“History is not about the out-of-date or irrelevant,” says Tim White, co-organizer of the first Mushing History Conference held in Anchorage and Wasilla in November, 2009. He reminds us that, “It was from their interest in history that Dorothy Page and Joe Redington Sr. came together to eventually create the Iditarod Trail Sled Dog Race.”In addition, as one of the world’s most respected sled builders, the designer of the QCR system to allow quick changes of plastic runners, White gives a nod to those who came before him. “The first ‘modern’ toboggan sled,” he points out, “which I built for the 1974 Iditarod, was partly inspired by sleds used by Scotty Allan and Vilhjalmur Stefansson as described in the Baldy of Nome books by Ester Darling and in Stefansson’s books recounting his Arctic explorations.”White went on to add, “I have a practical more than academic interest in the history of sled dogs since I first got into mushing in 1970. I ran the Iditarod in 1974, the second edition to Nome. I also raced in Yellowknife 1976 my first trip, and The Pas 1975 in the freight race, the World Championship in 1976, events with long traditions in the sport clearly distinct from Alaska, Minnesota and New England, where I went to my first race as a spectator in 1970. In 1976 I reprinted the US Army WWII Dog Transportation Field Manual 25-6, a practical application of history to mushing.”According to White, who Mark Nordman, the Iditarod’s Race Marshall, characterized to me as “the ultimate dog man,” he felt compelled to help capture some of the history of the sport. “Some of those experiences 35 or more years ago seem as clear in my mind as yesterday, but I hear other people talking about them as distant history. Often their accounts,” said White, “whether first or second hand, don’t agree with my own recollections. So partly I felt the need for the same kind of conferences about mushing history as there are for other areas of inquiry or research, science or history, to hear the inevitably conflicting views or interpretations of events.”Carol Beck, from Yellowknife, Canada, was able to share a bit of White’s history as part of her presentation on the history of the Diavik 150, which is one of the longest running sled dog races in the world. White, from Minnesota, would win the race six times, most recently in 1996. Beck shared a DVD called Trapline to Finish Line: The Story of Yellowknife’s Canadian Championship Dog Derby with those in attendance, as well as sharing copies of Fran Hurcomb’s book, similarly titled Trapline to Finish Line, which details the history of the race. Perhaps the high point of the conference for this writer, however, was that as it went on, it became increasing informal, meaning both participants and fans felt at ease to ask questions and comment on what was being said. That was how we learned that the dog talked about by Jeff Dinsdale that was used in the film Nikki: Wild Dog of the North, came from the kennel of Joe Redington Sr. Joee Redington, sitting in the audience at the time, was able to add that the dog in question had been his brother Timmy’s dog. It was little things like this that made the conference special. In fact, Joee told a story on his dad. It seems that the initial offer to purchase the dog was turned down.“$35?” said Redington Sr. when the offer was made. “I wouldn’t sell this dog for that if my kids were out of milk!”“How about $75?”“Sold!” said Redington, and hence Polar went on to become Nikki and star in the Disney financed movie Nikki: Wild Dog of the North.It was stories like this, as well as historical photos, which captured the likes of Dick Tozier, Natalie Norris and Doc Lombard together in Joee Redington’s presentation, which helped point out the circular stories, many of which came back to either Redington or the role of history in the development of the race. Those attending the conference were there for different reasons. Steve Charles, a Serum Run ’25 musher, was there for the history. He has an interest in both Alaskan and mushing history. In some ways he echoed White’s sentiments about trying to get the stories and information recorded before it was too late. “I’ve heard lots of stories,” Charles said, “but have always wondered, ‘What’s true and what isn’t?’ What is the reality?”Even one of the presenters, Jane Haigh, author of Gold Rush Dogs, was looking for answers. “I’m realizing how much I don’t know,” she admitted. While she’s read many sources on Scotty Allan and did in-depth research for her book, she noted that it’s been about ten years since she wrote the book. As a result, while sharing her own expertise on Allan and Esther Birdsall Darling, she was looking to expand her knowledge.Alaskan newcomer Kevin Neher was there for much the same reason, but with a look to expanding his contacts and mushing knowledge in a practical way. He hopes to run the Iditarod in 2013. Although he finds the history of the state and mushing fascinating, his needs hark back to the role of the Iditarod Trail in the “good ol’ days,” using the conference to establish communication links with all who were there. Of course, for many of those who became involved in mushing in “the good ol’ days,” it was practicality that drew them. They needed to get from Point A to Point B, often with great loads of goods across some of the most inhospitable terrain imaginable, and the dog team offered the best choice. Not only did these teams move people and freight, they also provided a sort of communication link, too. Dr. Linda Chamberlain, of Homer, Alaska, addressed this aspect of mushing history.Chamberlain is currently working on a book called Mushing the Mail on the Iditarod Trail. It addresses just that, the history of the mail being moved across Alaska by dog team. In the early days, before even the telegraph became feasible in remote areas, mail teams were often the only line of communication available to keep families and friends connected. Although using documents and sources from the National Archives and Records Administration as well as the US Postal Museum, and the many universities, museums, and historical groups across the State of Alaska that have collected resources, she didn’t forget something emphasized in several other presentations, that it was (and is) about the journey. People perished, as did dogs, to keep open this communication link.Interestingly enough, although it wasn’t the focus of his talk, Canadian presenter Jeff Dinsdale has a connection to mail teams. Dinsdale is both president of and a participant in the British Columbia based Gold Rush Trail Sled Dog Mail Run. It’s a four-day event that draws participants from across North America. Specially designed envelopes are created, stamped, and sold online, then carried from Quesnel to Barkerville to Wells by the teams. They’re then mailed out to designated recipients worldwide. In this way, Dinsdale and others keep alive the spirit of the mail teams that Chamberlain talks about.Moving the mail, or anything, for that matter, from Point A to Point B is much easier if you have a trail to follow. Kevin Keeler, Administrator for the Iditarod National Historic Trail (INHT) association, addressed just that issue. While trails are specially carved out for Dinsdale’s group, early travelers, mail carriers or just plain adventurers weren’t so lucky. True, the trails existed, although some were not much more than animal paths carved out through a desolate area, but maintenance of even the best was spotty and, given the terrain and weather, difficult to keep up with. The goal of the INHT is to both preserve and commemorate some 2,300 miles of trail used across Alaska. All were vital travel and communication links during Alaska’s exploration and development and, in fact, remain in use today, providing routes into the interior that are most often traveled by snow machine and dog teams. The extent to which these trails criss-cross the state is often lost on the casual observer. Many only come to know there is more to the Historic Trail than the Iditarod Dog Sled Race when they encounter a trail marker for “Mile 1” of the Iditarod Trail in Seward. Of course, it’s likely few outside of Alaska would have heard about the Iditarod Trail were it not for Joe Redington Sr.’s dream of creating a sled dog race between Anchorage and Nome. While Redington’s name seemed to be a common one in most presentations, either citing his own contributions to mushing or pointing out how his own interest in the history of the sport had driven his interest, it was Joee Redington’s presentation that fleshed out the man behind the myth. As his slide show progressed, it made clear how practicality, an interest in history and big dreams all came together in the form of his father, Joe Redington Sr. One of those who felt the pull of Joe Redington Sr.’s dream is musher/author/film-maker Rod Perry. Perry felt the pull of the dream first hand and was one of the mushers who lined up to go to Nome in the very first Iditarod. Perry is the author of Trailbreakers, which is his telling of the history of the trail system and how the Iditarod came to be. Volume 1 is out now, the one that focuses more on the history of the Trail itself, with Volume 2 expected soon. Perry is a dynamic speaker whose presentation was both engaging and informative. His Sunday presentation called to mind comparisons with Robert Service, as he sought to share some of the emotion, romance and drama that those who ran the first Iditarod felt. “When the dream is big enough,” Perry explained, “the facts just don’t count.”Chas St. George, the public relations director for the Iditarod Trail Committee was on hand to share information on the Iditarod’s upcoming history of the race DVD and echoed these sentiments. “Joe Redington Sr. put it on the line,” he said. “He put his mortgage on the line. Journalists were following him around calling him a Don Quixote,” he added, but Redington never wavered. “It wasn’t about who won,” said St. George, “but about the journey,” a sentiment shared by everyone there. Perry, who ran the race with his lead dog Fat Albert, definitely agreed. Noting the sketchy information they were receiving, not to mention the general discouragement of the public who couldn’t envision such a race, Perry said that Joe Sr. didn’t let any of this deter him. “It was all so clear to Joe,” he said, perhaps even now with a trace of amazement at how Redington Sr. was able to be so sure of something this big, this unheard of, and make it a reality. As Joee Redington’s presentation unfolded, it became clear that Redington Sr. had never been someone to let obstacles keep him from his goal. What made Redington’s presentation special was that it was told in Redington Sr.’s voice. “We put this together from an audio recording of a presentation my father did at a Fairbanks mushing symposium,” explained Redington. “It’s one of the last things my dad and I did together,” he noted, then paused. “It’s kinda important to me.”As the slides progressed, you began to get a feel for who Joe Redington Sr. was as you listened to his voice. He seemed one part practical, the sort of man who’d use a dog team to help retrieve airplanes from remote areas where they’d crashed or become disabled. The other part was the dreamer who’d organize a 200-dog team for no other reason perhaps than to say he’d done it. It’s both of these personalities that teamed up with historian Dorothy Page to create the Iditarod. Even then, practicality came into play, as pressed to supply the large purse promised to the mushers, Redington hustled to find funding, enlisting the help of then bank president Frank Murkowski to arrange a loan, sell off parts of his own property, and then sit out the race himself before borrowing Dan Seavey’s part of the purse to disperse to others and meet his goal. All these stories and more played out in his son’s presentation.It was certainly a different lifestyle that the Redington Family lived from what most Americans at the time would have known. They lived in a tent on Flat Horn Lake, Vi Redington sweeping up with a rake and shovel. Looking at the slides, you realized how dogs permeated every aspect of their lives. Dogs in a boat, dogs playing with children, dogs pulling a huge chunk of an airplane cabin across a snowy terrain. Yet, even then, the practical Joe Sr. could turn a simple request from mountaineer Ray Genet for a boat ride to Anchorage into an assault on Mt. McKinley, better known in Alaska as Denali. Photos of this adventure, most supplied by photographer Rob Stapleton, reveal the sheer audacity of Redington’s dream to climb Denali but, yet, at the end, there they were, he and a young Susan Butcher, not to mention their dog teams, atop the mountain. Redington’s dreams were a huge part of the presentation made by Chas St. George, too. As a set of photos from the Iditarod’s past cycled before our eyes in an endless loop, St. George and others in the audience shared their appreciation of Redington Sr.’s ability to pull others into his dreams. Redington appreciated the history of mushing and lived the lifestyle, yet celebrated its adventure, too. Those gathered for the conference weren’t about just sharing ol’ stories about mushing; they were sharing it in a manner that put it in the words of those who’d lived the journey. St. George acknowledged this, so to speak, noting that the Iditarod’s effort to capture its own history “isn’t about us telling the story ourselves, but an attempt to tell it through the words of those who’ve experienced this race.” As Joee Redington’s presentation showed, using a theme echoed by St. George, Perry, Dinsdale, White and the rest, for most involved in mushing, it was an attempt to reclaim “elements of a way of life” seemingly long gone. Those of us in the audience can chuckle at the ingenuity of those involved, even in failed attempts like Bud Smyth’s attempts to carry a working stove on his sled, a story recounted by Perry, but mushing, whether for practical reasons, like getting from Point A to Point B or running a trap line or delivering the mail, or seeing whose dog team is the fastest, is about the journey. It’s about the things that have happened to you and how you deal with them on the trail, all of which are retained as memories.Memories can be funny things. By the time St. George finished his informal talk, the audience and presenters were largely grouped around him in a semi-circle. An informal give-and-take had become common as memories were shared and questions answered. Even those of us who haven’t been on this journey ourselves had questions. One of mine involved a visual landmark. On my way out to Knik for the restart at what was my first Iditarod in person, I’d glimpsed the image of a sled atop a barn with a team of cut-out dogs in front of it. As it turned out, the barn belonged to Joe and Vi Redington. Just as the restart has moved on, the sled and dogs had disappeared from Knik, too, with the passing of Redington. Yet, as a photo of that scene, the sled and cut-out dog team silhouetted against the sky appeared in Joee Redington’s presentation, I’d written a note to myself, “I wonder what ever happened to that sled?”As it turned out, I was able to ask Joee. Although he wasn’t sure about the dog cut-outs, he knew where the sled was. “It went to Jeff Schultz,” he said.As most know, Jeff Schultz is the Iditarod’s official photographer. Tracking him down to ask about the sled wasn’t difficult. In fact, as with the others, Schultz seemed delighted to share this bit of mushing lore with me.“If it’s a photo of the small barn I think it is,” he said in response to my memory prompt about the sled, “the one that housed a TON of books actually, the sled on top of the barn was NOT a cut out, but an actual sled. And, yes, I have it. I helped take it down from on top of the roof and paid Joe for it. It was painted yellow, like the barn and we stripped off that paint back down to the natural wood. Joe Sr. ran the sled in some of the early Iditarod races from what I understand.” In other words, there seems to be a world of mushing history out there waiting to be captured. We just need to go after it.That was partly the reasoning behind Helen Hegener’s willingness to become involved with the Mushing History Conference. Just as with co-organizer Tim White, Hegener has a history with the sport, too. “When Tim emailed me asking if I’d be interested in doing a conference on the history of mushing he tapped a nerve that had been preconditioned to say yes. My past is littered with stuff like being there on Fourth Avenue when Joee Redington won the 1966 World Championship, running into Joe Sr. at the old Teeland’s store and listening to him talk about his ideas for a race to Nome, and sitting in on a few organizational meetings of the Iditarod. There’s always been this feeling that I’ve been there as some of the mushing history was being written, and however small a part I actually played, it resonated and stayed with me over the years. I started a blog on mushing history a couple of years ago, and that’s how Tim found me.”“In my travels from Dawson City to Nome over the last few years, working on our books and videos, I’ve come to the realization that there are many others who have a passion for the colorful and endlessly fascinating history of mushing, and when Tim wrote it seemed reasonable and right to create a way for these folks to get together and share their stories, their adventures, their research findings, their passions and their joys in the history of mushing,” she said. “Travel with dogs is an intrinsic part of our heritage in the North Country, and if I can contribute to preserving and enriching that heritage in some small way I’m honored to do so. I’m already planning the next Mushing History Conference.”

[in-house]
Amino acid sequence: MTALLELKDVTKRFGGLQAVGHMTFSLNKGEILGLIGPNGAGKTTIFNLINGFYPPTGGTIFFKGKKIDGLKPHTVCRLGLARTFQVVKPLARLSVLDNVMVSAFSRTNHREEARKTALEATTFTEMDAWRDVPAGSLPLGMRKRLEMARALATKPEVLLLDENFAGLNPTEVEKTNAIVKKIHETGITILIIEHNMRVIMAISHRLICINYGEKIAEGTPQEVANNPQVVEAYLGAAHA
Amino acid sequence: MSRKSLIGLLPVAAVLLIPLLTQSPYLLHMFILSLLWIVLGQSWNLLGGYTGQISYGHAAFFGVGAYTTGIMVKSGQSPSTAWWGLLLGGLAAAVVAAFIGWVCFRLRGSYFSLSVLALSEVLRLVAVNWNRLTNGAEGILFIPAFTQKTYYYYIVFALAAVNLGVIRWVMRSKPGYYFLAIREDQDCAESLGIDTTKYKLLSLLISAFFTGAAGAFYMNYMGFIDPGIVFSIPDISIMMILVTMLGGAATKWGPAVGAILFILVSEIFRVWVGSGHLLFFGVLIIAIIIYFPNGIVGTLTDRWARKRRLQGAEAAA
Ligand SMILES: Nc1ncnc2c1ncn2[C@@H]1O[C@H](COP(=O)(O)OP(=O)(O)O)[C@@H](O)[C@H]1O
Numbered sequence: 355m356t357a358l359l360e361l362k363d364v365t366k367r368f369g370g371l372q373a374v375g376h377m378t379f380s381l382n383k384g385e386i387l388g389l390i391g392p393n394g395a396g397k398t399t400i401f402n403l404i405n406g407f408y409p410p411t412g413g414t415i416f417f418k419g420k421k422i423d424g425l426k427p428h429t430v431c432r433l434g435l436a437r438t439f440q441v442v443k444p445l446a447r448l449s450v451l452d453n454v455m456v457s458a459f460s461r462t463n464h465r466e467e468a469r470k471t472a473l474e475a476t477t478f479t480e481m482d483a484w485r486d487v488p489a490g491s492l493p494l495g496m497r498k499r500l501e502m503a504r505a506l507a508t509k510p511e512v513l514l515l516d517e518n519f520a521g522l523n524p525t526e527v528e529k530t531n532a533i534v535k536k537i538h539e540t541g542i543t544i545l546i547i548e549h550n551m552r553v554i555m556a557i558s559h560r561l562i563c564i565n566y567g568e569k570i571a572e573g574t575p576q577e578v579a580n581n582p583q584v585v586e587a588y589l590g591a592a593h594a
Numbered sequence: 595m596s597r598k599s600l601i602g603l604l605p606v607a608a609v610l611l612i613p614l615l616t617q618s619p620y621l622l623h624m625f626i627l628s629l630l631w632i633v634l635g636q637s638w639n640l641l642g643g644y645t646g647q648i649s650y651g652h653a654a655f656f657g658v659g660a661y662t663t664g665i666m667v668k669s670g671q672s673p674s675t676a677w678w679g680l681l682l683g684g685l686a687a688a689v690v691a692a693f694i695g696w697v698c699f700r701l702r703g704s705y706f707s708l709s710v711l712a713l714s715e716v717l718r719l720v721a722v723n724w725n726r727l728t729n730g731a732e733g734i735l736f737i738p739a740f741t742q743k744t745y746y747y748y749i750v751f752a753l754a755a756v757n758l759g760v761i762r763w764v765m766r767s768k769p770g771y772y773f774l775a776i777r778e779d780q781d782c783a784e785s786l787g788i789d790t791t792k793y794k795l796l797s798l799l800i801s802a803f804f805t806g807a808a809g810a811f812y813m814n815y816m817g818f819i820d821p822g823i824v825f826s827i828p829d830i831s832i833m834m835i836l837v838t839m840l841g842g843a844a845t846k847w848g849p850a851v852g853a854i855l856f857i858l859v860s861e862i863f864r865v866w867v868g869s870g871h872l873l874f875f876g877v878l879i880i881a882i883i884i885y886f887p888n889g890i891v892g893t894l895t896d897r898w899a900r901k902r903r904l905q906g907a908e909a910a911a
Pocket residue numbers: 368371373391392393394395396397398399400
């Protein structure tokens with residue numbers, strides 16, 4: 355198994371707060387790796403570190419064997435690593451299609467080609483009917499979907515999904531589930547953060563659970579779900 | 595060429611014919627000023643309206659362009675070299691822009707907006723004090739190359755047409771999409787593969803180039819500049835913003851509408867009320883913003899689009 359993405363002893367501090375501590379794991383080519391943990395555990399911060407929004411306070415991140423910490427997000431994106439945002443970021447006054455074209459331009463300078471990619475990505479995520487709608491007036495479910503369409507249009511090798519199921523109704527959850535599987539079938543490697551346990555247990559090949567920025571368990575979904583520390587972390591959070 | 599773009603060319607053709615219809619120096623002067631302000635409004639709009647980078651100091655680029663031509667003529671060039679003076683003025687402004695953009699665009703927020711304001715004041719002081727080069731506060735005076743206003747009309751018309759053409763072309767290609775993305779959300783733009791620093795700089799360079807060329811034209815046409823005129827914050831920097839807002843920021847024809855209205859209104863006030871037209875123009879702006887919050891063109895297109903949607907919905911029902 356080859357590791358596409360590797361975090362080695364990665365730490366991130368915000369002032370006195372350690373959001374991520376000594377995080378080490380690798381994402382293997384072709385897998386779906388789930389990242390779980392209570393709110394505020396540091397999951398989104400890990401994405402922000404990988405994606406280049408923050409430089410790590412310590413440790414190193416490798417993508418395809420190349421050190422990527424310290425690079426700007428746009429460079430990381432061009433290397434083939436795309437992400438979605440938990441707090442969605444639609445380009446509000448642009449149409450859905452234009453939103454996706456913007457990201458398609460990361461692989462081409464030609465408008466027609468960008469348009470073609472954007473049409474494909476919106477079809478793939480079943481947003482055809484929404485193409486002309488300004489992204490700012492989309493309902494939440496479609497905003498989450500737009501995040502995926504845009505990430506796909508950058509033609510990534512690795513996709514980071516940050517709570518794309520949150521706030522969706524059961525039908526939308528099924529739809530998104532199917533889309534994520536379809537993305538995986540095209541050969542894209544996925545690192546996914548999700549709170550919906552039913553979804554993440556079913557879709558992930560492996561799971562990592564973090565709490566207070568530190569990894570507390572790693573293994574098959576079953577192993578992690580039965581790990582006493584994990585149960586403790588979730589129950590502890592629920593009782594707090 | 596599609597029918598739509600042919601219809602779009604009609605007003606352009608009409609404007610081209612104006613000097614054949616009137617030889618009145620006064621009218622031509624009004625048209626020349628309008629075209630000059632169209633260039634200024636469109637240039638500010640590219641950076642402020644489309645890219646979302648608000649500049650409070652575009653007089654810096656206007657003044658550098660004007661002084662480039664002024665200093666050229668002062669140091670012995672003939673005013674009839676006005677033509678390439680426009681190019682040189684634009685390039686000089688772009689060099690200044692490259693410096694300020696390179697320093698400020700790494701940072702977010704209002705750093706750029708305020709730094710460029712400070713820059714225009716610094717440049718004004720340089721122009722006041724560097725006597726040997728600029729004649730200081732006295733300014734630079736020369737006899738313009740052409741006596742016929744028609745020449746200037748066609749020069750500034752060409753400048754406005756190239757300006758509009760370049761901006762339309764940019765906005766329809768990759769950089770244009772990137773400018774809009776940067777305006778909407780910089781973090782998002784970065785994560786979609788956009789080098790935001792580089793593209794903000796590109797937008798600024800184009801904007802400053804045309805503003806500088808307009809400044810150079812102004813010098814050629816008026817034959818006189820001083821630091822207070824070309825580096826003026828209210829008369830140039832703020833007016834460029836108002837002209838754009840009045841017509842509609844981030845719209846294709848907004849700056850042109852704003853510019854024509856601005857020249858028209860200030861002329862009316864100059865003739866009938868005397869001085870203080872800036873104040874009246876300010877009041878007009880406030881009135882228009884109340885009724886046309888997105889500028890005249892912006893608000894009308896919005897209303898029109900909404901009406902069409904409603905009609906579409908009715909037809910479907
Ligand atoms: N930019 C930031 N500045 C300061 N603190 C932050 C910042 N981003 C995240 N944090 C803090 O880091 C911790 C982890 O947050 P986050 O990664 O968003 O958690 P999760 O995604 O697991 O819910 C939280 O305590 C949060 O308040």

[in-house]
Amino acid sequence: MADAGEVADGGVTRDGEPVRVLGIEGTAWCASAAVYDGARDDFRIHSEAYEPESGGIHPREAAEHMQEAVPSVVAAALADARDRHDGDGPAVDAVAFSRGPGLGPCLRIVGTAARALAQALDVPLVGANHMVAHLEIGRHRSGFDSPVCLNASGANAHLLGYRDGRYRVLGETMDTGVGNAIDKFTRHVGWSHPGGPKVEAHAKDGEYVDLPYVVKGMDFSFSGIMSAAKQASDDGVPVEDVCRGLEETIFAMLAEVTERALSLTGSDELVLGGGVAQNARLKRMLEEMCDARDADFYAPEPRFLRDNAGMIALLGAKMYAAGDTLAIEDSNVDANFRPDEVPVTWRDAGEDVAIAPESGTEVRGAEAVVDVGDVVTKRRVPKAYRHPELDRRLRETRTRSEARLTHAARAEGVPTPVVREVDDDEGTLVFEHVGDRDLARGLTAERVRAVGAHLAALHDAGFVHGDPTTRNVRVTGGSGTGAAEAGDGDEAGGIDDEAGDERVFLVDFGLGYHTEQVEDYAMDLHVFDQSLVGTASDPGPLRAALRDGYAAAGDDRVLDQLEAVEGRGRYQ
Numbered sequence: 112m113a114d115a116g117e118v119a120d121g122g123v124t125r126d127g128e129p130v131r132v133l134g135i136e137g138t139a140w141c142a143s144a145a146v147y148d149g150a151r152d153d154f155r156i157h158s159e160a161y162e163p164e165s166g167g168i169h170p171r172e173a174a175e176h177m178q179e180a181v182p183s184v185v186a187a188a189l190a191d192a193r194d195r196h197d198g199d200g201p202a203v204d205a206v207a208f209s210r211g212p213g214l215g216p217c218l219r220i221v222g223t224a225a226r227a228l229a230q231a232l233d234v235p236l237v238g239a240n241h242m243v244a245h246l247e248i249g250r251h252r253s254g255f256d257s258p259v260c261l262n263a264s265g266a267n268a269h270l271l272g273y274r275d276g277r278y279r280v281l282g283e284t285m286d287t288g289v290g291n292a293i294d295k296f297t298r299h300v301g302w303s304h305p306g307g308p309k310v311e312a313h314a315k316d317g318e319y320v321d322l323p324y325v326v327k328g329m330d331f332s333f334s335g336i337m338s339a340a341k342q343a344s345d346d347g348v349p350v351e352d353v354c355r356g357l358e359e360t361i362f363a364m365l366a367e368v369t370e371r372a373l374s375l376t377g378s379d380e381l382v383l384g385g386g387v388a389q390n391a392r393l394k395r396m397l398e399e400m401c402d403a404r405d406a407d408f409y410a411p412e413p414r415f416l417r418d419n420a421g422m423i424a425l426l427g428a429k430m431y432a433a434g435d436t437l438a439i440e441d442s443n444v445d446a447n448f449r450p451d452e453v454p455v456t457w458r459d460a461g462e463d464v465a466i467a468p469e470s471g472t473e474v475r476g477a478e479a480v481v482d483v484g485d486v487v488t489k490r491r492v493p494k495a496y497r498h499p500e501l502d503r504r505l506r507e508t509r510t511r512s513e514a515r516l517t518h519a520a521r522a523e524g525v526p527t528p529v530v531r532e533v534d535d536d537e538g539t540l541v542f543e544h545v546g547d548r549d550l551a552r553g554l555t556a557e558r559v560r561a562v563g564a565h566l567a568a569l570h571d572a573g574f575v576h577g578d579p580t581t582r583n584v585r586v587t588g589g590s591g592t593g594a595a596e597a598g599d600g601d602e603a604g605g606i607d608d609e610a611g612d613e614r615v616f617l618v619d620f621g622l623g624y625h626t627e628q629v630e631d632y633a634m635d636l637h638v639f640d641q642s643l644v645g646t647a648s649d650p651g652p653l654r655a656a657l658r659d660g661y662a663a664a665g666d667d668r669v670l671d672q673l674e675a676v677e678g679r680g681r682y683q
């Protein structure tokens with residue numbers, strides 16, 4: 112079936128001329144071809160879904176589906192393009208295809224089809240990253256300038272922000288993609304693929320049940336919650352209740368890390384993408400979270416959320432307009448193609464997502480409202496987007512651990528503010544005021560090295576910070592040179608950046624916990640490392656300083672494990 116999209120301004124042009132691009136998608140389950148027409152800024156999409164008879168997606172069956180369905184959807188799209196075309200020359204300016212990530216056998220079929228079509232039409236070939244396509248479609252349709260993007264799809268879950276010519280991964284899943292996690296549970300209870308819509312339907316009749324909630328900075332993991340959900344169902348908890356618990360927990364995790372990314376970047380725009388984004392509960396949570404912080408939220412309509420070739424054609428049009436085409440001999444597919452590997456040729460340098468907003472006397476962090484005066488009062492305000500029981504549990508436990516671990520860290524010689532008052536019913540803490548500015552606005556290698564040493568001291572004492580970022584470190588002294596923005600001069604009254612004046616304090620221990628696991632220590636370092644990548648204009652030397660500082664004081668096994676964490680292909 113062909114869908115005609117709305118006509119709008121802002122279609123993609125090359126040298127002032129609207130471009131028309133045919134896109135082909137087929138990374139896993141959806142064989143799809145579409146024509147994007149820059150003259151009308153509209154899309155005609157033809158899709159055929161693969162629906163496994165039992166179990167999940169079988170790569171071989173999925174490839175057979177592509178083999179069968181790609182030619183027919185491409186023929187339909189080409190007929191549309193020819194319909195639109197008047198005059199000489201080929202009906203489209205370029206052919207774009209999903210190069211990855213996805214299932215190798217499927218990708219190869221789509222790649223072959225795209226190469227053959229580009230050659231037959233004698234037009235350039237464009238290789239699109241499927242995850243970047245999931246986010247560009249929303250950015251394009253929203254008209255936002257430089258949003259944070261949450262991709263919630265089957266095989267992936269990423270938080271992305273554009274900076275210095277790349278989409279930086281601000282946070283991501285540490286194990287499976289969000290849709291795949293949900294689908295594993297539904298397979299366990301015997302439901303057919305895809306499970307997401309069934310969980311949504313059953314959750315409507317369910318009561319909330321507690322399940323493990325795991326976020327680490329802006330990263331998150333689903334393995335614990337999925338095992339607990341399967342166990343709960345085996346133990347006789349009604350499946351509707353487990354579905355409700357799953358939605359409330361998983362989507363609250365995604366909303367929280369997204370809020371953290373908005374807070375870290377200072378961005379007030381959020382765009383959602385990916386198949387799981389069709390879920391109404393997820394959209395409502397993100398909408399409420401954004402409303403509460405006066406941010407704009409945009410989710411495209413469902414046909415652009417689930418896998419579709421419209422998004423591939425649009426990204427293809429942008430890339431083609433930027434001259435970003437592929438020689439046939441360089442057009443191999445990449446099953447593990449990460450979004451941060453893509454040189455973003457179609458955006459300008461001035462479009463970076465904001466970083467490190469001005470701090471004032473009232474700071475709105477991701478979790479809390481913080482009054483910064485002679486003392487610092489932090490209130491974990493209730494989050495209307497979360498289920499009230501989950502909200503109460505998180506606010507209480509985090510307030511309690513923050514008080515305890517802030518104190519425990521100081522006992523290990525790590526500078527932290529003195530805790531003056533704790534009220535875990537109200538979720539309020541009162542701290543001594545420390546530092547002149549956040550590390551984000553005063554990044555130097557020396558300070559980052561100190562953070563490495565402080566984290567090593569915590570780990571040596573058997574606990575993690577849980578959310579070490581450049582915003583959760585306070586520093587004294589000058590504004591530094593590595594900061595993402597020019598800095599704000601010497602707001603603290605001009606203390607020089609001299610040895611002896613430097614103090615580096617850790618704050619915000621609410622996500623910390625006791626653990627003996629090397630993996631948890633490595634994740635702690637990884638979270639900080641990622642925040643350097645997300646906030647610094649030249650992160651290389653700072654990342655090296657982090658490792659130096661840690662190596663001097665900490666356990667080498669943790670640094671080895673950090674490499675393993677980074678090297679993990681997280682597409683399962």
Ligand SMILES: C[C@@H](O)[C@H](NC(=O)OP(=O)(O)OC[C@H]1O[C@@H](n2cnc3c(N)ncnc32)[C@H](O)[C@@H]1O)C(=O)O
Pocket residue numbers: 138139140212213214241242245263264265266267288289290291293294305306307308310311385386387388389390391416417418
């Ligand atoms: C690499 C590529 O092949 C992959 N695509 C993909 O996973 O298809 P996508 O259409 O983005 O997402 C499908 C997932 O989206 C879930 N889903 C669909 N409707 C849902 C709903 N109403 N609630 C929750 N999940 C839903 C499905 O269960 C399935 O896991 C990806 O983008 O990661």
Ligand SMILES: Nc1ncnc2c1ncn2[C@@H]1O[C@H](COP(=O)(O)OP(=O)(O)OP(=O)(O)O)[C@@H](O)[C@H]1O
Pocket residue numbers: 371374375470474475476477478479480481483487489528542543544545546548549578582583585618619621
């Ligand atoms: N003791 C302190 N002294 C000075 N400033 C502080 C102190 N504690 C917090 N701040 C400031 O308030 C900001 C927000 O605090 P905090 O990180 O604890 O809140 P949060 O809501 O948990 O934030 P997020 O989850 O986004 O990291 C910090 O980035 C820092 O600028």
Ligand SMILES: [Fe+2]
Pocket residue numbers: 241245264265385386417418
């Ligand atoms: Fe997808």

More Posts